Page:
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Monday, August 24, 2009

English Muffin Bread

So I had BLT's on the menu plan for dinner one night recently, but no bread in the house. I figured it was a great chance to try a new recipe; I rarely make regular white bread so I figured I'd seek out some great French or Italian loaf and give yeast yet another shot. Then I started to imagine layering thick bacon, crisp lettuce and ripe tomato on something lovely and toasted and I knew just what to make.
My Mom used to make this when I was little. It's called English muffin bread because it smells and tastes like English muffins when toasted, cornmeal dusting and all. In fact, while it was cooking I had the thought that next time I should try making rounds instead of loaves and see if it really makes English muffins. Anyway, my Mom used to make this - got the recipe from one of her friends in the 70's - and it was the BEST toasted, buttered and slathered with strawberry freezer jam. In fact, this bread is about the best reason I can think of to buy salted butter.
It doesn't hurt the cause of cinnamon sugar or blackberry preserves either. And another great thing about it - there's only one rise so you can make the 2 loaves in under 2 hours, as opposed to the 3+ that many yeast recipes require.

The bread is dense and flavorful; the toast is just what it should be - crisp on the outside, still soft and warm inside. It is perfect dipped in cocoa, topped with eggs and cheese, cut into croutons, whatever.

And it makes the best BLT!
2 cups warm water (100-110 degrees)
1 pkg (2 1/4 tsp) yeast
1 T sugar
2 tsp salt
6 to 7 cups flour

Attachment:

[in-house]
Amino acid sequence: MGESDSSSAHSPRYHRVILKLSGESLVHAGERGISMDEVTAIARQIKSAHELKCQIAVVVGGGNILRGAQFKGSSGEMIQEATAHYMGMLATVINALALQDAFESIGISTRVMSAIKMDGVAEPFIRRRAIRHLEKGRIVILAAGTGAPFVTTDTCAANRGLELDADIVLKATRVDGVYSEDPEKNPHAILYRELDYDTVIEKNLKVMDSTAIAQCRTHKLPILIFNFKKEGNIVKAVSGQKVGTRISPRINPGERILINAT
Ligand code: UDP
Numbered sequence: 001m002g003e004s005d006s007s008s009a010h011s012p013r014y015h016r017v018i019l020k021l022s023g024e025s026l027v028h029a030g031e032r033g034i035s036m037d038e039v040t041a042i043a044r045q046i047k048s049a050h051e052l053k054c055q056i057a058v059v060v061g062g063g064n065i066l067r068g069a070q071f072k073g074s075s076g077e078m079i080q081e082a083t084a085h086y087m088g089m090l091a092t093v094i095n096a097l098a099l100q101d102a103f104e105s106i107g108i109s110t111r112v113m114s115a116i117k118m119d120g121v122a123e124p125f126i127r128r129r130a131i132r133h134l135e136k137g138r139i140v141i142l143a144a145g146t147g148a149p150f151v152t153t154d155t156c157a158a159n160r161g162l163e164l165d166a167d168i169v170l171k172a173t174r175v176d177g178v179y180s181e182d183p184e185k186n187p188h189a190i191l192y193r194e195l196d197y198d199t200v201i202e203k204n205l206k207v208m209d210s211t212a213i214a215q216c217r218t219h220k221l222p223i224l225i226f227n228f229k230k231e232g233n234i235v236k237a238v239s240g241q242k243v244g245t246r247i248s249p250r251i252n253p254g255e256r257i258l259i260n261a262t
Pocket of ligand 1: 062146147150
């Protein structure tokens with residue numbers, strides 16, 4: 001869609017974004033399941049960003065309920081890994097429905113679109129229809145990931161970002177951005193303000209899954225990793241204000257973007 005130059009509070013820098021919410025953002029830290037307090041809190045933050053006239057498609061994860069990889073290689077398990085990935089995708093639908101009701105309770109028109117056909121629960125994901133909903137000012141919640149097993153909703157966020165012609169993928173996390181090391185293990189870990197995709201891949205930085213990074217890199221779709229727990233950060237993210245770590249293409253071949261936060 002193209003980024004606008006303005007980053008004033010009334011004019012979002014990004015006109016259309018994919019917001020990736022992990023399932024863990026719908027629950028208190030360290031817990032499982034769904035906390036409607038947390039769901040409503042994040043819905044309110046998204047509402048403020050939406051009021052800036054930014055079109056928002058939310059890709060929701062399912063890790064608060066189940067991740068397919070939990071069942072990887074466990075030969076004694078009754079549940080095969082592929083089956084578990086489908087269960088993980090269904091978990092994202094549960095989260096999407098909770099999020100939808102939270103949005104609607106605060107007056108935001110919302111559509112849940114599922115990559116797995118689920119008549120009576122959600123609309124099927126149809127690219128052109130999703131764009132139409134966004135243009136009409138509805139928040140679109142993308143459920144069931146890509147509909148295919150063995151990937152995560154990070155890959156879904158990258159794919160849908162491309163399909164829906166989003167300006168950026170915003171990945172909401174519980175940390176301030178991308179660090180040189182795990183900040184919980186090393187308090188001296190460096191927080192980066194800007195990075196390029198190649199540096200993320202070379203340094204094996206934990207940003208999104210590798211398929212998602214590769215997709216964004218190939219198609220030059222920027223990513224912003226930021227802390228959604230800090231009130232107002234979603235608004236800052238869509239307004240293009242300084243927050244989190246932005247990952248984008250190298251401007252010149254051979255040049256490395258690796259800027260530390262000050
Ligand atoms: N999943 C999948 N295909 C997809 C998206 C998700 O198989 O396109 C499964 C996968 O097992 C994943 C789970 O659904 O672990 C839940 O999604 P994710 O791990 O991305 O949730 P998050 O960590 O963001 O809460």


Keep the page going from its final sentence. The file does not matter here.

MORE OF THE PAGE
Corn meal for dusting

1. In a large mixer bowl combine the water, yeast and a pinch of sugar. Stir and let sit a few minutes for yeast to proof. Add the rest of the sugar, salt, and 3 cups flour and mix. Gradually add 3 to 4 more cups flour (use dough hook) until dough is formed. Mix or knead until dough is nice and smooth.

2. Place in greased bowl, spray with nonstick cooking spray, cover with plastic wrap and let rise for about 1 hour or until doubled in bulk.

3. Divide the dough in half and shape into two long loaves, which you place on cookie sheets that have been greased and spread lightly with corn meal. Or grease two loaf pans and dust bottom and edges lightly with corn meal. Place dough loaves in pans.

4. Make three long diagonal slits in the top of each loaf and sprinkle with cold water. Put them in a cold oven and turn to 400 degrees. Bake 40 minutes or until done.

This bread is best freshly hot or toasted and doesn't keep long. But if it stales you can always use it for bread pudding, French toast, croutons, bread crumbs, etc.


dave said...

hot, with melting butter, this is seriously the best bread

Leslie said...

I dont think it is possible for me to eat a slice of bread without putting butter on it!!!

Kelsey Carreon said...

I showed this bread to Edric and you can guess what I will be making this weekend!!

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